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We know there are rouge stars floating in intergalactic space, thought to be caused by galactic collision. What other other classes of celestial object could be found floating around in intergalactic space?

Within galaxies there are the following types of object:

  • Nebulae
  • Stars
  • Brown Dwarfs
  • White Dwarfs
  • Black Holes
  • Neutron Stars
  • Comets
  • Asteroids
  • Interstellar rogue planets
  • Planetary Systems
  • Star Systems
  • Star Clusters
  • Debris Disks

Which of these can possibly exist in intergalactic space? Asteroids and comets are probably quite common, but is it known for entire planetary systems to exist in intergalactic space? Even star clusters?

Out of all the possible types, could I also have a link / designation to each object thats been observed, floating in intergalactic space.

For example, here's an intergalactic star HE_0437-5439

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You ask two very different questions with an implied equivalence between them: which can possibly be in intergalactic space and which have been seen in intergalactic space. Any object that is sufficiently bound to be ejected from a galaxy is a candidate for intergalactic space. From that point of view the most challenging are star clusters and nebulae. Given a star that is going to be ejected, at least some of the planets/companions can be close enough to the primary star that they can be ejected with it. Objects far from the primary can be ejected on their own. That doesn't mean that they have been seen. I would wager a substantial amount that no brown dwarf has been seen outside the galaxy, but that doesn't mean there aren't any.

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  • $\begingroup$ I didn't I said out of the possible types, could I have a reference to those that happen to have also been discovered. $\endgroup$ – Starkers Jul 19 '14 at 3:23
  • $\begingroup$ Maybe I wasn't utterly clear, but the proof is more of an added bonus rather than being integral to the main question $\endgroup$ – Starkers Jul 19 '14 at 3:23
  • $\begingroup$ My point is that I think all of these can be ejected from galaxies, but some will be hard to see at long distance. For weakly bound ones, you need to make sure that the tidal forces do not disrupt the system. When you do that, you may lose the outer reaches, but you may eject enough to count as whatever category you are interested in. Certainly we can't see asteroids outside the galaxy. $\endgroup$ – Ross Millikan Jul 19 '14 at 3:37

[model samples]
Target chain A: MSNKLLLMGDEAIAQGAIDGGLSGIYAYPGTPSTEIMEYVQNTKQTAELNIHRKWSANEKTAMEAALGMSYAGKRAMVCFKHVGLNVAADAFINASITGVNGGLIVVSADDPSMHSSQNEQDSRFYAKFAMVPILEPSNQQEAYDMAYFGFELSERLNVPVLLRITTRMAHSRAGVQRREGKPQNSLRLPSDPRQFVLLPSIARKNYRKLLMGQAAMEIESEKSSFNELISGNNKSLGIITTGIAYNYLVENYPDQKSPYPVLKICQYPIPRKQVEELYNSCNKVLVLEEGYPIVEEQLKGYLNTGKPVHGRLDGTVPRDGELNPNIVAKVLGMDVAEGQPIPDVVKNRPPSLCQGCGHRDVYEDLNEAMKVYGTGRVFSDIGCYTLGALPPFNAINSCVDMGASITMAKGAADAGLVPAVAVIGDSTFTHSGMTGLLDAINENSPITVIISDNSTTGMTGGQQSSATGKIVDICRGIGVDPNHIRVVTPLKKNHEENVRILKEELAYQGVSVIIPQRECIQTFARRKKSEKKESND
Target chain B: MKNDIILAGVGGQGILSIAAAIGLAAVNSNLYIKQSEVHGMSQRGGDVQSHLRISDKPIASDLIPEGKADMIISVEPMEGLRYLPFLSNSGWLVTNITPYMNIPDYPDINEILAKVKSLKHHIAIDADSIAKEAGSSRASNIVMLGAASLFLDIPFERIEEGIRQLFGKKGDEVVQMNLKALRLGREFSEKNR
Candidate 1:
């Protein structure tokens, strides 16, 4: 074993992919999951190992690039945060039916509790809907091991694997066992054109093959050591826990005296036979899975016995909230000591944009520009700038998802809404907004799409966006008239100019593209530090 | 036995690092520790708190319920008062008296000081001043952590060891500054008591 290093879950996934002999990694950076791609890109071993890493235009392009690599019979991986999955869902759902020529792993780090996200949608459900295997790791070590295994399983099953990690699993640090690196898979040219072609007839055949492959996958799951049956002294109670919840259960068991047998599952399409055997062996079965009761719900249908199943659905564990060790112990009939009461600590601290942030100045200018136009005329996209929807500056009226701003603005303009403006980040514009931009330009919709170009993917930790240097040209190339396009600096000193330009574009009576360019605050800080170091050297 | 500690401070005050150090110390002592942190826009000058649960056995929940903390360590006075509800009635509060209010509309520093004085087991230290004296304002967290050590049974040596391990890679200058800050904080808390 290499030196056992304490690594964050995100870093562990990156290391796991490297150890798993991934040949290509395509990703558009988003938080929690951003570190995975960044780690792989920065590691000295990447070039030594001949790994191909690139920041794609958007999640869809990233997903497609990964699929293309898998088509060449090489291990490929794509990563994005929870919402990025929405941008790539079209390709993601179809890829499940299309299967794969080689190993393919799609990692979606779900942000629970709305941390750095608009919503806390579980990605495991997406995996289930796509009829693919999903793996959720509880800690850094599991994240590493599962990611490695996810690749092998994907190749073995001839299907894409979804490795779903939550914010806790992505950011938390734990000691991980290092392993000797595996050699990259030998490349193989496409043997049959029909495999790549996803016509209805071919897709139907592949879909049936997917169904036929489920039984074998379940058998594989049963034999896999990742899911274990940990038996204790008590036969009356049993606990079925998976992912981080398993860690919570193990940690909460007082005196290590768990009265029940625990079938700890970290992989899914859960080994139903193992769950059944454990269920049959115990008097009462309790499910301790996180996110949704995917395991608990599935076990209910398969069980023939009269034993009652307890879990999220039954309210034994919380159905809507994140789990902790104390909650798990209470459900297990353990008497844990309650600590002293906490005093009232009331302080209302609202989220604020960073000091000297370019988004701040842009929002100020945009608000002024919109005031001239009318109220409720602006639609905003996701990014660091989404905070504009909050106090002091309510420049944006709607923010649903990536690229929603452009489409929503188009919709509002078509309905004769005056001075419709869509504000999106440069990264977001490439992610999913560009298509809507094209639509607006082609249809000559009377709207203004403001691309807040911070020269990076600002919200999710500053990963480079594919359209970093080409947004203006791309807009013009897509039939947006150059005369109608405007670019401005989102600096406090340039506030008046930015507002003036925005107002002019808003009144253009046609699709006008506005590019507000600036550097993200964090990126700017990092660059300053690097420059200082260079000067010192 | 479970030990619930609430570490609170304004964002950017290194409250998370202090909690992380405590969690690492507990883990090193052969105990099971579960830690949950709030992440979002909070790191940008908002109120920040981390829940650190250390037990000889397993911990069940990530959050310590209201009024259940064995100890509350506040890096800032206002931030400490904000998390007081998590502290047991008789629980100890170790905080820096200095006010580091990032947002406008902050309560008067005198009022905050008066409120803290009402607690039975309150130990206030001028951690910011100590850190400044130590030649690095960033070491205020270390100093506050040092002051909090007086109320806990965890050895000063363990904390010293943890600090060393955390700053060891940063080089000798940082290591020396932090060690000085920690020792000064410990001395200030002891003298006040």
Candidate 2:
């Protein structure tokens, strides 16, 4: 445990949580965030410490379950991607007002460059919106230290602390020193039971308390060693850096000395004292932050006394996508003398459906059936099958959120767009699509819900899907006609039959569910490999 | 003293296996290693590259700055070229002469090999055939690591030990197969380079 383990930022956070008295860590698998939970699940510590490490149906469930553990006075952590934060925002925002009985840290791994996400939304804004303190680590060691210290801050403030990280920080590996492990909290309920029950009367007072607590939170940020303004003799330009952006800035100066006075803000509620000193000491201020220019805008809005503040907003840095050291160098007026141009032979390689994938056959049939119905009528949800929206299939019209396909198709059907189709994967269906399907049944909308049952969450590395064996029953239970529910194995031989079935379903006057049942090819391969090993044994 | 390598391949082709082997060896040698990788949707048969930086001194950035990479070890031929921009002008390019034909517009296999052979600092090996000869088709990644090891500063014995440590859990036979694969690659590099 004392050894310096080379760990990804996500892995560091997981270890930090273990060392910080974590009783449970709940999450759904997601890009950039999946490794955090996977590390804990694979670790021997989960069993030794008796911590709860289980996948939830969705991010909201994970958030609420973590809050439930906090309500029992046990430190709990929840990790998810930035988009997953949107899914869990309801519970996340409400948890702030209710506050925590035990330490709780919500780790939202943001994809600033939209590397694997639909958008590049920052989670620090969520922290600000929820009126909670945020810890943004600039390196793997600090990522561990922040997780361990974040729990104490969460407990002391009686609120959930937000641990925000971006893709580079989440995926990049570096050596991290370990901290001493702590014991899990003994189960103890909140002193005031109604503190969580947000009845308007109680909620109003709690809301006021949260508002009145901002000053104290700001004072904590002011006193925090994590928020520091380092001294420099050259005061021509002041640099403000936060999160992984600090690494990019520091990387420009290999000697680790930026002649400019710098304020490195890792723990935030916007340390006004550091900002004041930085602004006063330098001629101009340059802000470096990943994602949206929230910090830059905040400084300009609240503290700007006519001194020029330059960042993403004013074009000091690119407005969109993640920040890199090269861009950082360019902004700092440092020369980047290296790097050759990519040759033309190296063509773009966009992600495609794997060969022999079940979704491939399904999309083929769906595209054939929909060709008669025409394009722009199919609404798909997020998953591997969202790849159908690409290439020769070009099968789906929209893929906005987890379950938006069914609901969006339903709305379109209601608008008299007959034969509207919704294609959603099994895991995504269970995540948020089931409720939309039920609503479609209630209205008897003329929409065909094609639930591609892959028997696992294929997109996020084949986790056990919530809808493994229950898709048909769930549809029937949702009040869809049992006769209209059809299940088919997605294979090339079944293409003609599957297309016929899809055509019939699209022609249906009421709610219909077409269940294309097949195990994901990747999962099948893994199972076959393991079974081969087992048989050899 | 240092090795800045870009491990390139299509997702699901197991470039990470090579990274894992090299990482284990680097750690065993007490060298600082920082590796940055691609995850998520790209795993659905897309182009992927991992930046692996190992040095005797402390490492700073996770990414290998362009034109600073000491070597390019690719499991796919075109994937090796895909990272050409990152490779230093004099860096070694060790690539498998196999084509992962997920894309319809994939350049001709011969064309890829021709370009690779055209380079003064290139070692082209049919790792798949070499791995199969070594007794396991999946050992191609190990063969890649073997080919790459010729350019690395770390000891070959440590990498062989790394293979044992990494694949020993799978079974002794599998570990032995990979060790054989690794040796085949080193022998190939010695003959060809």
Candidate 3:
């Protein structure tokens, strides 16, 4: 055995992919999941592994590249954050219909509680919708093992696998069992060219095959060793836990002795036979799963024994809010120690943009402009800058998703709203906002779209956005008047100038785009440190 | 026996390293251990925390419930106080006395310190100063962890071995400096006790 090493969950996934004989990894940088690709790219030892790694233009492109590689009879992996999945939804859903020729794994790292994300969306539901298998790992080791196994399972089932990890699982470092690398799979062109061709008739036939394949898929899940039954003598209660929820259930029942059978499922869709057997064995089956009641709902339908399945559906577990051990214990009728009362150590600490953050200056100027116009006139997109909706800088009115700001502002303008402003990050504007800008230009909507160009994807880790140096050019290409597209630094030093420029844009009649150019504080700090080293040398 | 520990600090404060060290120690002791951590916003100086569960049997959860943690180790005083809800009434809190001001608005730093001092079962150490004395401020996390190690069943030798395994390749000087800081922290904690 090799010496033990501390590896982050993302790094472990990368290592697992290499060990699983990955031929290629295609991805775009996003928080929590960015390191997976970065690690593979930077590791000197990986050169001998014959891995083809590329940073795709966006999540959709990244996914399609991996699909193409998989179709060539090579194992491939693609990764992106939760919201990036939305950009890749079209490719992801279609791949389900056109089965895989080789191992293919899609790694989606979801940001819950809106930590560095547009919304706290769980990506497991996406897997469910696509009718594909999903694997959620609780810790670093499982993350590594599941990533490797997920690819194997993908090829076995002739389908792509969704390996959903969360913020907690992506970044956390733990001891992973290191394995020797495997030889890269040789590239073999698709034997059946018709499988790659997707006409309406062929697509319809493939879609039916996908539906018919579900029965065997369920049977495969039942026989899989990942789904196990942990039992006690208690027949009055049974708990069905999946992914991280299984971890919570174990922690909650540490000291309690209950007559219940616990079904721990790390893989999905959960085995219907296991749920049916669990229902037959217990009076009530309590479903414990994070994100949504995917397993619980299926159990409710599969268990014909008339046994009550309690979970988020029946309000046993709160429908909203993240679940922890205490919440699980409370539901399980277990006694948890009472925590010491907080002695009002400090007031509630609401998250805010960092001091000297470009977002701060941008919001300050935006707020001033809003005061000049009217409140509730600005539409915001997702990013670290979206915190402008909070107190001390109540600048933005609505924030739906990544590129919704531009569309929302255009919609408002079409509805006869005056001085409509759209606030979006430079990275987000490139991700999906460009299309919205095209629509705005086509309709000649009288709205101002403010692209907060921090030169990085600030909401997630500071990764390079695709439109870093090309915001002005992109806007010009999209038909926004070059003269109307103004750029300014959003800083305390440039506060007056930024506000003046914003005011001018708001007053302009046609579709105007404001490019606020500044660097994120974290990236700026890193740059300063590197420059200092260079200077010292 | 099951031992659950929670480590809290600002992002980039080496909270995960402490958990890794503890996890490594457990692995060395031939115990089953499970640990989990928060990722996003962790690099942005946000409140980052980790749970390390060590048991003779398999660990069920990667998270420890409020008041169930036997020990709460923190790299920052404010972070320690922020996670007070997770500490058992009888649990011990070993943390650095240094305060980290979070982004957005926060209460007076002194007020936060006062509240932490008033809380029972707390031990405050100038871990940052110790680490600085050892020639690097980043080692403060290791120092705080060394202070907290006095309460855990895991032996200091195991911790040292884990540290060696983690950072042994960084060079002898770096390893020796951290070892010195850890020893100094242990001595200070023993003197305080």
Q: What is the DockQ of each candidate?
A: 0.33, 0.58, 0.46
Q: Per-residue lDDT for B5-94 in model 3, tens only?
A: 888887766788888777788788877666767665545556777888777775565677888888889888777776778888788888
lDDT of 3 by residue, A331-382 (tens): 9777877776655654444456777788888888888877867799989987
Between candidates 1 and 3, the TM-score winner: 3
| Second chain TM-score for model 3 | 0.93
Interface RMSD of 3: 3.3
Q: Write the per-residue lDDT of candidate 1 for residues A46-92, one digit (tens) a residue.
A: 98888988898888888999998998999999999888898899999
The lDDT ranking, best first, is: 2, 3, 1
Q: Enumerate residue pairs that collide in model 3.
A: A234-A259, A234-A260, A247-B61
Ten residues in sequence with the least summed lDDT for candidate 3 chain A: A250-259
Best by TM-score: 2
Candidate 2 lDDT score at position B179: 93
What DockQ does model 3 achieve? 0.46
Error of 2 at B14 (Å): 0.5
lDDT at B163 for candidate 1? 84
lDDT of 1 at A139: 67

• $\begingroup$ No I wouldn't think so! Even planetary systems? That's pretty amazing, have we observed star wobble on rogue stars? $\endgroup$ – Starkers Jul 19 '14 at 5:47
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I think Ross answers the question well. Pretty much all of these things could exist between galaxies.

I know of no direct detections of many of them (especially planets, comets, asteroids, rogue planets, debris disks, brown dwarfs - all of which are too faint).

Here are some decent reference to get going with: NB. these refer to "intracluster" objects, because they have mostly been detected in clusters of galaxies (between the galaxies), particularly in Virgo and Fornax.

The detection of type Ia supernovae in "intergalactic space" (hence impying white dwarfs there too). http://adsabs.harvard.edu/abs/2003AJ....125.1087G

Intergalactic red giants http://adsabs.harvard.edu/abs/1998Natur.391..461F

Intergalactic globular clusters http://adsabs.harvard.edu/abs/2007ApJ...654..835W

Intergalactic planetary nebulae (i.e. in between red giants and white dwarfs) http://adsabs.harvard.edu/abs/2002AJ....123..760A

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